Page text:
Zimbabweans are the most welcoming, generous and loving people. By and large you will be welcomed eagerly as a tourist.

More than two-thirds of the population speaks Shona as their first language. Shona-speaking people live mainly in the eastern two-thirds of the country, including the capital of Harare. Around one in five Zimbabweans speak Northern Ndebele, commonly known as Sindebele.

Both Shona and Sindebele are Bantu languages originating from the time when Bantu-speaking tribes populated the region over 1000 years ago. Other ethnic groups in the southeast, representing around one percent of the population each, are the Tonga in the Zambezi Valley, the Shangaan or Hlengwe in the Low Veld, and the Venda on the border with South Africa.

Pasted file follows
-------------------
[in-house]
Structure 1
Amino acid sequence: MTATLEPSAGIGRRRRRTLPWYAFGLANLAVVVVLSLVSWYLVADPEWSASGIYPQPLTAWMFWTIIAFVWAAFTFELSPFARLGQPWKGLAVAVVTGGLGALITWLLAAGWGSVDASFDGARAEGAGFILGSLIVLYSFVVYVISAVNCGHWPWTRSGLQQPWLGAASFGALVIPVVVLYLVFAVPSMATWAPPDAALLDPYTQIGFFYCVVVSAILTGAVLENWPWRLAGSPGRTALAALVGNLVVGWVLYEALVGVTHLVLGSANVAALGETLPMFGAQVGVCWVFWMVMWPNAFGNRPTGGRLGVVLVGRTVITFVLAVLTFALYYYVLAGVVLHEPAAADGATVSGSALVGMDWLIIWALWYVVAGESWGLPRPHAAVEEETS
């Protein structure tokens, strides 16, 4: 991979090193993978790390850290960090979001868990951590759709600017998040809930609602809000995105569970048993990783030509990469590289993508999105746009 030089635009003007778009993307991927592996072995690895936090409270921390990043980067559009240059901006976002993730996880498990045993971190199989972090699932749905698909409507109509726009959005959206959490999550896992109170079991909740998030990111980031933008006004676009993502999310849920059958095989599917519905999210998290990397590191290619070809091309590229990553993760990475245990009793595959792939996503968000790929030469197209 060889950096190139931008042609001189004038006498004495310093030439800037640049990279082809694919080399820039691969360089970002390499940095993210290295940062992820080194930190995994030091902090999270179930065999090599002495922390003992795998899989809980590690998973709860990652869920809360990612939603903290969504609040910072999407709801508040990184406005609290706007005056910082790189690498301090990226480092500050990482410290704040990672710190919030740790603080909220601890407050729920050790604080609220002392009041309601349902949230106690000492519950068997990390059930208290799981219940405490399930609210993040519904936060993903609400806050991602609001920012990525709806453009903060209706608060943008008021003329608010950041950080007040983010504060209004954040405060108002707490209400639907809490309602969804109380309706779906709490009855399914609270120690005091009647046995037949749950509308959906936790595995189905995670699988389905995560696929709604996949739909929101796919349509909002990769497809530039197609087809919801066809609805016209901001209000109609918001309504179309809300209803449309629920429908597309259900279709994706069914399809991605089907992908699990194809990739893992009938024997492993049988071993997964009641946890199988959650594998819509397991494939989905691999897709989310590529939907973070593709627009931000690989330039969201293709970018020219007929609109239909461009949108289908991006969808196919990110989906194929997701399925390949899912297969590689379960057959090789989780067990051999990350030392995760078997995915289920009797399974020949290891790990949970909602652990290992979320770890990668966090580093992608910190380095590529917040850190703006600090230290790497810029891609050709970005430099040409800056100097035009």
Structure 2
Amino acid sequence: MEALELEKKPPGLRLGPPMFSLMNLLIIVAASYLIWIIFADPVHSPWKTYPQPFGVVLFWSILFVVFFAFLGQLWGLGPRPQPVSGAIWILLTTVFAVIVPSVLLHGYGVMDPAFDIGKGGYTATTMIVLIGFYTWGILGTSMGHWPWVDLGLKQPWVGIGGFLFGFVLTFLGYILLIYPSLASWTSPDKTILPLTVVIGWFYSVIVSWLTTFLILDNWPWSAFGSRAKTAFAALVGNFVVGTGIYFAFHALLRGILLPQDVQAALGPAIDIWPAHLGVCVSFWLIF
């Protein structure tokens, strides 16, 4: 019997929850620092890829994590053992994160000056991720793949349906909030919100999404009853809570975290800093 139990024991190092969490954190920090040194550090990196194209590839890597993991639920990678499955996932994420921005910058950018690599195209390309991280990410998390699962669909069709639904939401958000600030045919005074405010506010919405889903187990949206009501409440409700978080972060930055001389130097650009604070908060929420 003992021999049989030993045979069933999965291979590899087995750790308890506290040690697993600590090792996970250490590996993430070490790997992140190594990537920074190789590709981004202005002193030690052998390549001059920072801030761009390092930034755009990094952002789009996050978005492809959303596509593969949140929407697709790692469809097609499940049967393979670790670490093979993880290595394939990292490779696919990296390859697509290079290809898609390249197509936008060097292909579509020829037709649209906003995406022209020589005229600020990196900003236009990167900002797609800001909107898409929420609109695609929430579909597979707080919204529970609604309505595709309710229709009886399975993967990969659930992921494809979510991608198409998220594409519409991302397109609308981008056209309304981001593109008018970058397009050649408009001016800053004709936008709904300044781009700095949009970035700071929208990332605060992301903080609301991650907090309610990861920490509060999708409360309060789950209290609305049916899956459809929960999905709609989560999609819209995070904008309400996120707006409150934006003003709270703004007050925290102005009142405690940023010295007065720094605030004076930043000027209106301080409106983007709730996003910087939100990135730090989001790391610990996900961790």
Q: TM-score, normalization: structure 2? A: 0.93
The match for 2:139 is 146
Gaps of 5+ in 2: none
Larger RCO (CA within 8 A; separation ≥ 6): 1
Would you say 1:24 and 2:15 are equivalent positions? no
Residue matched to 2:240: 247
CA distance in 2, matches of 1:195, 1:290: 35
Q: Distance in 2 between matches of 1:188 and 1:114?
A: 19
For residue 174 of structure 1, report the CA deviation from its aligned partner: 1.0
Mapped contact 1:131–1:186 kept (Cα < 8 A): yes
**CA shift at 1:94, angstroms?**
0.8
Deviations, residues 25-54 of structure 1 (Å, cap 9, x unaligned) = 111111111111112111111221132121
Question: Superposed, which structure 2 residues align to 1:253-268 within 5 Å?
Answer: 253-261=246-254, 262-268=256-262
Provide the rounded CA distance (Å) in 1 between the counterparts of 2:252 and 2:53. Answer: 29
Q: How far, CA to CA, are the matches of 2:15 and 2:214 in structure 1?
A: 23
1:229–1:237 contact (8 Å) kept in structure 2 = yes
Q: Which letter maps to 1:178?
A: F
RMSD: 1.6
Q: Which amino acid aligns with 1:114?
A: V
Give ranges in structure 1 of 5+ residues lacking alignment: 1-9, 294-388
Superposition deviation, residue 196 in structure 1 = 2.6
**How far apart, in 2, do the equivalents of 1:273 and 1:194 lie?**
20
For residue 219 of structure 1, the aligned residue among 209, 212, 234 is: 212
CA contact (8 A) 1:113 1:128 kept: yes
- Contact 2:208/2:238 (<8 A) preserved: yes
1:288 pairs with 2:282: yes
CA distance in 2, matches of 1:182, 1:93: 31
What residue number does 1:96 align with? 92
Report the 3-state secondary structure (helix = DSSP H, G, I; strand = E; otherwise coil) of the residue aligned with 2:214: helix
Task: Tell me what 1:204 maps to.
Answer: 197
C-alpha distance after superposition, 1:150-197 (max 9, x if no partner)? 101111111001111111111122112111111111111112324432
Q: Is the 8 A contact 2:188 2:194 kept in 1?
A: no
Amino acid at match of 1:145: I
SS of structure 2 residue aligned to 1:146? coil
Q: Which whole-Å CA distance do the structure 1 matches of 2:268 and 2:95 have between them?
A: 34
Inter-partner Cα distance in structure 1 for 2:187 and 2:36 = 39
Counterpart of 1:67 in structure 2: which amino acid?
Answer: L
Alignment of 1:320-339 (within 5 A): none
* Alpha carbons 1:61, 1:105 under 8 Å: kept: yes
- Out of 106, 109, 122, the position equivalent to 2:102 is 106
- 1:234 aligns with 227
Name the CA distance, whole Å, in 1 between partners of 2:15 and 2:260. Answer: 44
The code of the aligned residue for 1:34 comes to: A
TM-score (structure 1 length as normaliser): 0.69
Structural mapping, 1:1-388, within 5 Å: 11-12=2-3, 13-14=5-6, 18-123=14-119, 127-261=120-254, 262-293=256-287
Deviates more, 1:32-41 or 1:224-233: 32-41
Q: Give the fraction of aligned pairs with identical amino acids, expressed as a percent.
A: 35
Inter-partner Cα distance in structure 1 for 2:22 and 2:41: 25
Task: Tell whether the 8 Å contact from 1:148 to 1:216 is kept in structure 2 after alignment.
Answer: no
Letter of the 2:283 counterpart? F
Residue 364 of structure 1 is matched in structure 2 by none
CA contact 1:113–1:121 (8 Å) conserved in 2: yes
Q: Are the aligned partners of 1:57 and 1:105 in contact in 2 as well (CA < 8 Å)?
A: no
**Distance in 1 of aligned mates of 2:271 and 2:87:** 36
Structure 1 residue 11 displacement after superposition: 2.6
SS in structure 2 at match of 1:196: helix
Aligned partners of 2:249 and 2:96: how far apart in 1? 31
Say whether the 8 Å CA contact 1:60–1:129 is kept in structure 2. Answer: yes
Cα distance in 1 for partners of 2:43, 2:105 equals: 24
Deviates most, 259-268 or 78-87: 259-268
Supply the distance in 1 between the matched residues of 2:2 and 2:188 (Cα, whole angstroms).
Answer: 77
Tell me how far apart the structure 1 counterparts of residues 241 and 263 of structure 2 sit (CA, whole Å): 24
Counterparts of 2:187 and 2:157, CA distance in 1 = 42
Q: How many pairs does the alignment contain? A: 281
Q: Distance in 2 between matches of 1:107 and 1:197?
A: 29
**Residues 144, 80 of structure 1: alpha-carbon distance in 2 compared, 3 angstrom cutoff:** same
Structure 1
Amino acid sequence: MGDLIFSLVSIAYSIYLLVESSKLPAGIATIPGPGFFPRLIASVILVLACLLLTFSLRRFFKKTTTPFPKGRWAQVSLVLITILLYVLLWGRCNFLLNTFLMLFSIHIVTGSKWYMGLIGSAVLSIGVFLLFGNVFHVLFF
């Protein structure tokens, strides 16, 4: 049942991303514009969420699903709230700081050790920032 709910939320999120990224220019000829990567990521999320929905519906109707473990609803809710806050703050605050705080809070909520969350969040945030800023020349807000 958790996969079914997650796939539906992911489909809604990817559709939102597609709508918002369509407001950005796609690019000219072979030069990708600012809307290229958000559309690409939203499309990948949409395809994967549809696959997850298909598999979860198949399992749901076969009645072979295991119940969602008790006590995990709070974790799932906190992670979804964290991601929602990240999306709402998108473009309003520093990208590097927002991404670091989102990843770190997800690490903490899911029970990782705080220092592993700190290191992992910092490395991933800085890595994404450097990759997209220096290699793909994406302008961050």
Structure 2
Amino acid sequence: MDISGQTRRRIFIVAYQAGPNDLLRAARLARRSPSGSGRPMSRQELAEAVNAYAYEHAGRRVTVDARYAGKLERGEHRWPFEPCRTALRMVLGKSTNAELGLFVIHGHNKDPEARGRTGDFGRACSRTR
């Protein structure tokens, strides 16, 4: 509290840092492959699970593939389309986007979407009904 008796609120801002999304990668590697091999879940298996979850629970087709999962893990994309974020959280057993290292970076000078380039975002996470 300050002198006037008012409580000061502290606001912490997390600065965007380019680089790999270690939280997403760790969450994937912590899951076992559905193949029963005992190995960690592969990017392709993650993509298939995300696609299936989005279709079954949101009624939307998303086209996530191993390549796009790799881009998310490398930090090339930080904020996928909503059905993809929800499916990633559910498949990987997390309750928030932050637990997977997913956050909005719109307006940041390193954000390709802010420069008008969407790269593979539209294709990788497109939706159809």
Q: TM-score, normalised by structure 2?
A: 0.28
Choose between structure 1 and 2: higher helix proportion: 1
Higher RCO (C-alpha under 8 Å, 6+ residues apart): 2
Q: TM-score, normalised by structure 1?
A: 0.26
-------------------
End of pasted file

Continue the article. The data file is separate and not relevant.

About two percent of the population is of non-African ethnic origin, mainly European and Asian.

Traditional arts in Zimbabwe include pottery, basketry, textiles, jewellery and carving. Among the distinctive qualities are symmetrically patterned woven baskets and stools carved out of a single piece of wood. Shona sculpture in essence has been a fusion of African folklore with European influences.